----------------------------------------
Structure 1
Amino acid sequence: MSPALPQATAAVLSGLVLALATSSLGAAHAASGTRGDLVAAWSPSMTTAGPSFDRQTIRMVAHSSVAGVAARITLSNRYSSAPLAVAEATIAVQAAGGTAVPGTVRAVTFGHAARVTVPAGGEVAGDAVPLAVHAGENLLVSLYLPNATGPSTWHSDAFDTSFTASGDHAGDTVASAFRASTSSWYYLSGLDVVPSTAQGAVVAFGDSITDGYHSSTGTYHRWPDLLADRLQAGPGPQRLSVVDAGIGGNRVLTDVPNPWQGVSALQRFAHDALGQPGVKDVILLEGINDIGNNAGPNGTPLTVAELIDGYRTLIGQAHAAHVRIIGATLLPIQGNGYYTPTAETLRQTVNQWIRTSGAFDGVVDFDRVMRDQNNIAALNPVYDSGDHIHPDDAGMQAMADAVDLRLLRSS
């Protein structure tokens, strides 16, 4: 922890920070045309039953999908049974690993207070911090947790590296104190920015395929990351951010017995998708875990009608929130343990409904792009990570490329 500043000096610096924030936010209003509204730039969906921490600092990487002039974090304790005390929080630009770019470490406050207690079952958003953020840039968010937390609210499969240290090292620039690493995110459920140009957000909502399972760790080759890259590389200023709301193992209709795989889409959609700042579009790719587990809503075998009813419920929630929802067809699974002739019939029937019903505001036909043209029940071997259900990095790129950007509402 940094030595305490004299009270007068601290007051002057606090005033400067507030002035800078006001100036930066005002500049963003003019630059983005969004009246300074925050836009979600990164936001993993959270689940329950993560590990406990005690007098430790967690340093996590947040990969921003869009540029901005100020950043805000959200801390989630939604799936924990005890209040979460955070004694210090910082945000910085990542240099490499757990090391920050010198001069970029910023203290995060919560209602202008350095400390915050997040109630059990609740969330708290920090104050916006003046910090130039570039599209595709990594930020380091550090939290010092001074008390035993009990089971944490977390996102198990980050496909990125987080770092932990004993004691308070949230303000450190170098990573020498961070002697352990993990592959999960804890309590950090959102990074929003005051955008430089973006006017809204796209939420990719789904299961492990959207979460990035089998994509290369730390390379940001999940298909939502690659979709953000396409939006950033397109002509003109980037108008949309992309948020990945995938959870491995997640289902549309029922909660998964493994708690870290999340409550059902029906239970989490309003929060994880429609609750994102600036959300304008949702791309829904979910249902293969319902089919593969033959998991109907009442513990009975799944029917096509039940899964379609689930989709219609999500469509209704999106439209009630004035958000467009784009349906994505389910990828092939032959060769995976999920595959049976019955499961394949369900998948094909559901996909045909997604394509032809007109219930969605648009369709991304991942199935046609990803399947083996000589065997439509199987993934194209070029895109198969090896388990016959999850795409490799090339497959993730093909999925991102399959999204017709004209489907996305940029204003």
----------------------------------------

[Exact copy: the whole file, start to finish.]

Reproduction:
Structure 1
Amino acid sequence: MSPALPQATAAVLSGLVLALATSSLGAAHAASGTRGDLVAAWSPSMTTAGPSFDRQTIRMVAHSSVAGVAARITLSNRYSSAPLAVAEATIAVQAAGGTAVPGTVRAVTFGHAARVTVPAGGEVAGDAVPLAVHAGENLLVSLYLPNATGPSTWHSDAFDTSFTASGDHAGDTVASAFRASTSSWYYLSGLDVVPSTAQGAVVAFGDSITDGYHSSTGTYHRWPDLLADRLQAGPGPQRLSVVDAGIGGNRVLTDVPNPWQGVSALQRFAHDALGQPGVKDVILLEGINDIGNNAGPNGTPLTVAELIDGYRTLIGQAHAAHVRIIGATLLPIQGNGYYTPTAETLRQTVNQWIRTSGAFDGVVDFDRVMRDQNNIAALNPVYDSGDHIHPDDAGMQAMADAVDLRLLRSS
């Protein structure tokens, strides 16, 4: 922890920070045309039953999908049974690993207070911090947790590296104190920015395929990351951010017995998708875990009608929130343990409904792009990570490329 500043000096610096924030936010209003509204730039969906921490600092990487002039974090304790005390929080630009770019470490406050207690079952958003953020840039968010937390609210499969240290090292620039690493995110459920140009957000909502399972760790080759890259590389200023709301193992209709795989889409959609700042579009790719587990809503075998009813419920929630929802067809699974002739019939029937019903505001036909043209029940071997259900990095790129950007509402 940094030595305490004299009270007068601290007051002057606090005033400067507030002035800078006001100036930066005002500049963003003019630059983005969004009246300074925050836009979600990164936001993993959270689940329950993560590990406990005690007098430790967690340093996590947040990969921003869009540029901005100020950043805000959200801390989630939604799936924990005890209040979460955070004694210090910082945000910085990542240099490499757990090391920050010198001069970029910023203290995060919560209602202008350095400390915050997040109630059990609740969330708290920090104050916006003046910090130039570039599209595709990594930020380091550090939290010092001074008390035993009990089971944490977390996102198990980050496909990125987080770092932990004993004691308070949230303000450190170098990573020498961070002697352990993990592959999960804890309590950090959102990074929003005051955008430089973006006017809204796209939420990719789904299961492990959207979460990035089998994509290369730390390379940001999940298909939502690659979709953000396409939006950033397109002509003109980037108008949309992309948020990945995938959870491995997640289902549309029922909660998964493994708690870290999340409550059902029906239970989490309003929060994880429609609750994102600036959300304008949702791309829904979910249902293969319902089919593969033959998991109907009442513990009975799944029917096509039940899964379609689930989709219609999500469509209704999106439209009630004035958000467009784009349906994505389910990828092939032959060769995976999920595959049976019955499961394949369900998948094909559901996909045909997604394509032809007109219930969605648009369709991304991942199935046609990803399947083996000589065997439509199987993934194209070029895109198969090896388990016959999850795409490799090339497959993730093909999925991102399959999204017709004209489907996305940029204003």